A St. Louis TV station preempted a recent NFL game between the Pittsburgh Steelers and Denver Broncos for some tornado coverage -- and scored higher ratings. The interruption came around half-time and into the third quarter -- around 30 minutes in total, about 15 minutes into actual NFL content.
This wasn’t the final two minutes of a fourth quarter during a close game -- which can bring on its own whirlwind. But still, big weather events can have an immediate effect on peoples' lives. Global warming issues, anyone?
We know that out-of-the-blue big TV rating surprises are increasingly rare.Tops in this category recently would be the revival of “Roseanne” this past spring. The first two episodes of the show’s return averaged a crazy high 5.2 among 18-49 viewers and 18.4 million viewers, then leveled off.
And then we had a Roseanne Barr tweet with racist overtones. So “Roseanne” was fired, and “The Conners” continued. It has done OK, but not stellar.
The Super Bowl still scores the biggest TV viewership every year -- no surprise there. And it’s not going away as the U.S.’s biggest annual TV party.
Perhaps a decade and a half ago, you could find big ratings for live reality-show finales. They too have faded, even when positioned as “live TV” viewing events to lure big advertiser media schedules.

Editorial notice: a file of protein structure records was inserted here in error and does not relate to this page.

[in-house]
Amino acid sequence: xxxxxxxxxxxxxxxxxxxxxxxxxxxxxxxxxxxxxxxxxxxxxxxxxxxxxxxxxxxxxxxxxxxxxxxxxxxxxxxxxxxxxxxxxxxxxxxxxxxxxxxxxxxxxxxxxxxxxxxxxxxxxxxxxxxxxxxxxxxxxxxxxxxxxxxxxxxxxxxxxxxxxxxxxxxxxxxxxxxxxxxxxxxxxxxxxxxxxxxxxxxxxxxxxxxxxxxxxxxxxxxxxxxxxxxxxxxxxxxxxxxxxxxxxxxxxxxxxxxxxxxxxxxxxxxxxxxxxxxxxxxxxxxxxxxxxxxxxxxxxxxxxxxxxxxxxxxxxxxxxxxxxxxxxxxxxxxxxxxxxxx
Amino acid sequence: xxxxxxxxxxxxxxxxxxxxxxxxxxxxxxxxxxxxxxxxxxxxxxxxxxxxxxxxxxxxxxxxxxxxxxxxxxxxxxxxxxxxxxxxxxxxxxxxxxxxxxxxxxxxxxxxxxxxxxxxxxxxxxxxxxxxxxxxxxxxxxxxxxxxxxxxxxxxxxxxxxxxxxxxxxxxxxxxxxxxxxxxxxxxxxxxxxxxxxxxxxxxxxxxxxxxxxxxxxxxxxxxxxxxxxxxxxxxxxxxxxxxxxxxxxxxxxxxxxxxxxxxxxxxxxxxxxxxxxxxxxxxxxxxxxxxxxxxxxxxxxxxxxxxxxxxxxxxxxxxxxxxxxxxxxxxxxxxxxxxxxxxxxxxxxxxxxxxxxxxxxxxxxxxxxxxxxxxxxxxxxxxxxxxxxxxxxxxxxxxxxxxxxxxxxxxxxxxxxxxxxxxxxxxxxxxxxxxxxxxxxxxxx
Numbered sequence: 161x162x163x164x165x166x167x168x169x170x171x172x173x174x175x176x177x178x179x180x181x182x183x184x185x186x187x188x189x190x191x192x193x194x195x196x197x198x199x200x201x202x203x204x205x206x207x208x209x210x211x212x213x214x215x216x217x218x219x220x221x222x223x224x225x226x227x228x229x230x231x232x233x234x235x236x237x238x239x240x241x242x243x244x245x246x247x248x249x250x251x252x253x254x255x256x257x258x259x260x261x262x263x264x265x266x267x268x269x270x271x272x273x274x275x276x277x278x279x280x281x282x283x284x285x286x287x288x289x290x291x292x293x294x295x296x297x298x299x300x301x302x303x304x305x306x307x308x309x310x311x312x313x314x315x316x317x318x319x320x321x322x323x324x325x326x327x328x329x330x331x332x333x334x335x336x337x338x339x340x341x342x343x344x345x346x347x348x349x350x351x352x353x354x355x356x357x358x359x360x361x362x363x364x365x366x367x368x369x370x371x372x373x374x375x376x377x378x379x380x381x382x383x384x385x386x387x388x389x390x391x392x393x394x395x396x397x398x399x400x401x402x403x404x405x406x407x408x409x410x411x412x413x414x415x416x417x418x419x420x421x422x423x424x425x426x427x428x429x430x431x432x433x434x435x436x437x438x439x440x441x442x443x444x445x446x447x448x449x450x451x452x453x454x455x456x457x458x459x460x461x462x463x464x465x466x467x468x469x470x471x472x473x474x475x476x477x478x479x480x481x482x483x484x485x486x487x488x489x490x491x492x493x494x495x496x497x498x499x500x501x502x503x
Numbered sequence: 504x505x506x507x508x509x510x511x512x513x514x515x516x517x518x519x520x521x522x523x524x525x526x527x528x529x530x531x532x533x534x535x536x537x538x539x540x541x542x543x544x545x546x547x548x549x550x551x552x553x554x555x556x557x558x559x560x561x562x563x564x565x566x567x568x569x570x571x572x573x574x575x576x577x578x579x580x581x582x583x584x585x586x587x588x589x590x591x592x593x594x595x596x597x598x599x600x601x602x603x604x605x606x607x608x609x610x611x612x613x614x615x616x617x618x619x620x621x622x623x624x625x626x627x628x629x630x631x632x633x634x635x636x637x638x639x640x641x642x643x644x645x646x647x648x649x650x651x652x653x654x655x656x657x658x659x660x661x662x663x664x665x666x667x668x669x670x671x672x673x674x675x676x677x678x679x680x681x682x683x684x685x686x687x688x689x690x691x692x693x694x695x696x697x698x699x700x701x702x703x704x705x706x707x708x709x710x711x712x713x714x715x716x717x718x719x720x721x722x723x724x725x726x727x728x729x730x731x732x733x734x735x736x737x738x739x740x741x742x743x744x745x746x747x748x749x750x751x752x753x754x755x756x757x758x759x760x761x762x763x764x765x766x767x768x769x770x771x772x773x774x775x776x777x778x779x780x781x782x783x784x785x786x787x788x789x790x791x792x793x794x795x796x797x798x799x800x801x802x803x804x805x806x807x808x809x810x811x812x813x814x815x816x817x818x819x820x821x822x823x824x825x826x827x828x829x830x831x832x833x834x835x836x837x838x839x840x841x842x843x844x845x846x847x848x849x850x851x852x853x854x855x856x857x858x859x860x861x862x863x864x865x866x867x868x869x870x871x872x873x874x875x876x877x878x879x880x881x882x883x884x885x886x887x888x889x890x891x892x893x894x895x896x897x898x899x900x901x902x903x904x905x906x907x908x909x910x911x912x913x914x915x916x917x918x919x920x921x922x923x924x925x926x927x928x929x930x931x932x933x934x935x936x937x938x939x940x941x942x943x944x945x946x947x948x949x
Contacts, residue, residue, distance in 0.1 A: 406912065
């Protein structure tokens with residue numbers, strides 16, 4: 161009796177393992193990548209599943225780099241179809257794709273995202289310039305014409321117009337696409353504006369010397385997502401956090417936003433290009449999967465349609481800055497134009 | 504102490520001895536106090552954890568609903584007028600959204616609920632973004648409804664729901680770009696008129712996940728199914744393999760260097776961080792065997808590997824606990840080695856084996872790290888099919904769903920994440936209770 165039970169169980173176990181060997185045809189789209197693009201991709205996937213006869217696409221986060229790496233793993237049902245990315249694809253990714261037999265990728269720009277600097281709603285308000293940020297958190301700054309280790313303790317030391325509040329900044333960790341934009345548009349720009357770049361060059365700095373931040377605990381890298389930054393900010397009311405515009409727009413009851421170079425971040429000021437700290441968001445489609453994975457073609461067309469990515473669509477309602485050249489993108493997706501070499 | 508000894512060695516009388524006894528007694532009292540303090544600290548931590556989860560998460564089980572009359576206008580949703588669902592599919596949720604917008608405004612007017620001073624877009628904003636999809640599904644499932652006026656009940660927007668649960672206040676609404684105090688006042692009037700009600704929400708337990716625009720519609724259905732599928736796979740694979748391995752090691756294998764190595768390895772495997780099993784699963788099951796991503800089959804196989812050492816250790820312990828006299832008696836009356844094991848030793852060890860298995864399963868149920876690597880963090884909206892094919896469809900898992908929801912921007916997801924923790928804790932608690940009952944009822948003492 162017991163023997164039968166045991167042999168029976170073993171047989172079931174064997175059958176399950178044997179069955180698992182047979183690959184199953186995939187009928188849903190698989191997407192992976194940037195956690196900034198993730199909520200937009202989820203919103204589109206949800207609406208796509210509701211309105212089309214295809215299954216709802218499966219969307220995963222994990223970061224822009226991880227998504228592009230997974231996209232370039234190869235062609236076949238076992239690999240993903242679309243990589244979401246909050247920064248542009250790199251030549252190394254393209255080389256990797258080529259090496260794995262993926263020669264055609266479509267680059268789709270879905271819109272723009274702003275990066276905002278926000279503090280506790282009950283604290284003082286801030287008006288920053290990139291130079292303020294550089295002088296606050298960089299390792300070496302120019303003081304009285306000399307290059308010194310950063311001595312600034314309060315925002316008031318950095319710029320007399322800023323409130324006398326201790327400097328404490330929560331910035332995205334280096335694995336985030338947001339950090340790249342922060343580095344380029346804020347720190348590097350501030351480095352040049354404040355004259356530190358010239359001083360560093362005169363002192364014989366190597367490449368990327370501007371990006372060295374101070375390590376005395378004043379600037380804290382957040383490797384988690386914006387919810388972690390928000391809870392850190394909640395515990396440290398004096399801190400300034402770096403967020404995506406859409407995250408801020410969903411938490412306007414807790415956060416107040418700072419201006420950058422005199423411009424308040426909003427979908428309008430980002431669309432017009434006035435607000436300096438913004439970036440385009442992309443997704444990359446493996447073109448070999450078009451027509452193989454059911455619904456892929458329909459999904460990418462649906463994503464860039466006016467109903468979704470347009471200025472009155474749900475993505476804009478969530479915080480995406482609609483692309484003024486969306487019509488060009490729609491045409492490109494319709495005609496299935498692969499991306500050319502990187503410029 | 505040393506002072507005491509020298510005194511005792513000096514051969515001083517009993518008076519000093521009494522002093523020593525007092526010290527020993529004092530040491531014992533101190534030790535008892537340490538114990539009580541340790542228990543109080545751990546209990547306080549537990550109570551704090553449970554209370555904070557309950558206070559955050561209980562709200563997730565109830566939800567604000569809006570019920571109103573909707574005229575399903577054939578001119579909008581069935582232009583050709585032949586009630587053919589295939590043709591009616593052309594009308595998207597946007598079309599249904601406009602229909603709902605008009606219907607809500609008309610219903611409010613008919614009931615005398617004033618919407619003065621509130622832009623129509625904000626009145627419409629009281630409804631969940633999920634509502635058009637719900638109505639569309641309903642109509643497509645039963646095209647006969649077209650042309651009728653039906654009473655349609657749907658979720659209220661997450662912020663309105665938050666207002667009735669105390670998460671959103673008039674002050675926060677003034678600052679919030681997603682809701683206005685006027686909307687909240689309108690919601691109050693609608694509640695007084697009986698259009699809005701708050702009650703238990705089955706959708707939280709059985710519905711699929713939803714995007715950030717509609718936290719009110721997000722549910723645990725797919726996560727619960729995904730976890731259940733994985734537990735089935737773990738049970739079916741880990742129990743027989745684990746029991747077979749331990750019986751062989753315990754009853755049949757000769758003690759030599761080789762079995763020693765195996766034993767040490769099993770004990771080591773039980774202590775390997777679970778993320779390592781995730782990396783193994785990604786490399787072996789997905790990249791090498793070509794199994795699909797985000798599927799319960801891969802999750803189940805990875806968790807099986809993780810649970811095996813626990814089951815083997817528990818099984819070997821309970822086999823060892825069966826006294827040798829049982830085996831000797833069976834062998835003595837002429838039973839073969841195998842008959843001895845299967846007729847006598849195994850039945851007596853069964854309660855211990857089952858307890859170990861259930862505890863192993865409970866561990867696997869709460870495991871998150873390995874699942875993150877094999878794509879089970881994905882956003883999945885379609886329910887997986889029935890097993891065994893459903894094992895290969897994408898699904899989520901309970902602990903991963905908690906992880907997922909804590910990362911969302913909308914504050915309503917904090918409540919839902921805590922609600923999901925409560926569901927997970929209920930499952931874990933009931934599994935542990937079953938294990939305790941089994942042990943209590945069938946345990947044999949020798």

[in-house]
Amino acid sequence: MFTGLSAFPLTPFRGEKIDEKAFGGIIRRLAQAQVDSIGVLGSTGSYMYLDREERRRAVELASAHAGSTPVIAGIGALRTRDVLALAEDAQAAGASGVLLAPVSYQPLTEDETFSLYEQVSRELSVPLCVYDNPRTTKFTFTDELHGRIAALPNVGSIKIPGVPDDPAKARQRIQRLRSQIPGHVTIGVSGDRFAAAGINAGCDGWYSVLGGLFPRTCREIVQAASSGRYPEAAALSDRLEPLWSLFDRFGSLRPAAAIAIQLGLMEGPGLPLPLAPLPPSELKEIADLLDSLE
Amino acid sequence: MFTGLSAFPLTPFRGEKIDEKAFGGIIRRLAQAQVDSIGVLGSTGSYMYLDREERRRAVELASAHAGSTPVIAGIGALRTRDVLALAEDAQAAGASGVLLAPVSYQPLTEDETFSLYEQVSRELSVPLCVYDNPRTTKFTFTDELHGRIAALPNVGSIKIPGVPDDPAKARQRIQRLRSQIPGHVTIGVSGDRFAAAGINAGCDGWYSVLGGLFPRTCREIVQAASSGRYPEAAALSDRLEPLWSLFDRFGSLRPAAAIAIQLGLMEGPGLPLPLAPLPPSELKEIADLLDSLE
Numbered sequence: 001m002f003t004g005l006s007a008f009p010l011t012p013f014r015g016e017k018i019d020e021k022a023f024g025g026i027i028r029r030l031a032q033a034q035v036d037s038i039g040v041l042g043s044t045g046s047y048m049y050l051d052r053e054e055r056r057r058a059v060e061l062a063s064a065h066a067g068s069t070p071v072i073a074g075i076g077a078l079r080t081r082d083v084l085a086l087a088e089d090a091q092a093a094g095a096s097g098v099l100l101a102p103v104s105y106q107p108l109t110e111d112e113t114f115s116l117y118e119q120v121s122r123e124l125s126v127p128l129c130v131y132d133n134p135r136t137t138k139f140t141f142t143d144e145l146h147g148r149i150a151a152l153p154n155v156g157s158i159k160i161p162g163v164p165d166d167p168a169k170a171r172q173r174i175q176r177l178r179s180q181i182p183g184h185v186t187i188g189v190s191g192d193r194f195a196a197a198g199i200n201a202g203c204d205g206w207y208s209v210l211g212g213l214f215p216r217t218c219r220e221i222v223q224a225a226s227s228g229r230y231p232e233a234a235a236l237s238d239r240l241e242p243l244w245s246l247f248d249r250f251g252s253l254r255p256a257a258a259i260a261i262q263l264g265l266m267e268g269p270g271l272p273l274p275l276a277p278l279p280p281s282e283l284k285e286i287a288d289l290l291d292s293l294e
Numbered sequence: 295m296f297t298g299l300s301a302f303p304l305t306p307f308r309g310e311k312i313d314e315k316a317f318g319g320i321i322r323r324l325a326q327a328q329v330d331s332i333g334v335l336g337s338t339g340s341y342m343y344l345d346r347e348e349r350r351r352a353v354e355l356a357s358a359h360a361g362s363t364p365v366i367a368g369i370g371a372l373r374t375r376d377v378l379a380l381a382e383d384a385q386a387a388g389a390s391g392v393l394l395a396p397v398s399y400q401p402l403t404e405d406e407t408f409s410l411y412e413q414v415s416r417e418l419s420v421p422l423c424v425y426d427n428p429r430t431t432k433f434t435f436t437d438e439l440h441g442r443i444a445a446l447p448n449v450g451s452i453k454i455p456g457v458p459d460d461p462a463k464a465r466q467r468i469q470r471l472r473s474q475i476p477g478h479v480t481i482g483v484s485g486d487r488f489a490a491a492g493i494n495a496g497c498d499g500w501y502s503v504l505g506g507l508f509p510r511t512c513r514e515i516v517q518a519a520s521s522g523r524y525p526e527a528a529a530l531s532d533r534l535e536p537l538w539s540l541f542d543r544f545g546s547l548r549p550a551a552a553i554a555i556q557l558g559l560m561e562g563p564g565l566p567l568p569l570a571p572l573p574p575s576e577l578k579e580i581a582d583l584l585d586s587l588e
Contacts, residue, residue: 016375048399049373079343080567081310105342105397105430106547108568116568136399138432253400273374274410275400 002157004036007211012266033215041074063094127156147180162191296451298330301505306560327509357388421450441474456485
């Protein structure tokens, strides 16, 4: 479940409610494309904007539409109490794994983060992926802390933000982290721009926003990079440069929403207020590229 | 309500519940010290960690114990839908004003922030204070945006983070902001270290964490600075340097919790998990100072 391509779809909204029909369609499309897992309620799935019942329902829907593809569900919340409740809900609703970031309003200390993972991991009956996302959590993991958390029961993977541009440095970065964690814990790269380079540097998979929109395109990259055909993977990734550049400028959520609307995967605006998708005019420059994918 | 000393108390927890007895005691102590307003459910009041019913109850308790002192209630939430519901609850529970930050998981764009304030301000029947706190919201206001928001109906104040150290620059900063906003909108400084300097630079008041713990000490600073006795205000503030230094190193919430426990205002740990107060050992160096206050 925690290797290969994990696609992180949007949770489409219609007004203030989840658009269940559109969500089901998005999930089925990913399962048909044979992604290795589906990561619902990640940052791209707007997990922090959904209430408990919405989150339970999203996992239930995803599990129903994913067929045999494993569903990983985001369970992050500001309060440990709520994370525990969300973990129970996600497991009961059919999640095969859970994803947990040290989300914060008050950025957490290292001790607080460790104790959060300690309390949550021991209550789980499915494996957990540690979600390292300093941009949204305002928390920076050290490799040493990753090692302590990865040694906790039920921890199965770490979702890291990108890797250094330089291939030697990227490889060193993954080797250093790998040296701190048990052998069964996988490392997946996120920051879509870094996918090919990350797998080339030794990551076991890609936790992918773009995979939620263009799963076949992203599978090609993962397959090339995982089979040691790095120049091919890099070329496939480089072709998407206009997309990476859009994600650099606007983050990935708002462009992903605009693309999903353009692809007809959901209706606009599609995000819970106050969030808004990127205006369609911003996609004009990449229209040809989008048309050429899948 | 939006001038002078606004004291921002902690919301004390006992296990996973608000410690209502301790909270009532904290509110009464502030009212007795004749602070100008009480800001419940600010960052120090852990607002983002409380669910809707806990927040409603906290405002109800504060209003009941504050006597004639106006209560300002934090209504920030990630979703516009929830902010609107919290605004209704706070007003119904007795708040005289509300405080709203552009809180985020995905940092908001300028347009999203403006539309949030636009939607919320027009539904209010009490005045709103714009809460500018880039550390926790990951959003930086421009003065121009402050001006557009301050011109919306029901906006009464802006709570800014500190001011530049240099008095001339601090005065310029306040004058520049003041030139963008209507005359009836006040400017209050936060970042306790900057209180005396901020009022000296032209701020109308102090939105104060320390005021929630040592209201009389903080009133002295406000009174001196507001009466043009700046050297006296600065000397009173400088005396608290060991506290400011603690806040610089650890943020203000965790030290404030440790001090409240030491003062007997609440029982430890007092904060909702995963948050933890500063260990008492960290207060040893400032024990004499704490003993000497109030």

In recent years, TV networks have tried to expand on this with live, end-of-the-year, holiday musical events. That worked for a time, but subsided.
What remains is big-rated NFL live TV programming -- and some summer/winter Olympics event programming. It doesn’t seem that viewers care much about live scripted or unscripted programming -- save that for other “unscripted” content.
Bad hurricanes in Florida, south Texas, and South Carolina are in this category. Maybe fires, recently west of Los Angeles, or Northern California. Or a tornado bearing down on some St. Louis neighborhood. All can easily take the wind out of a football game.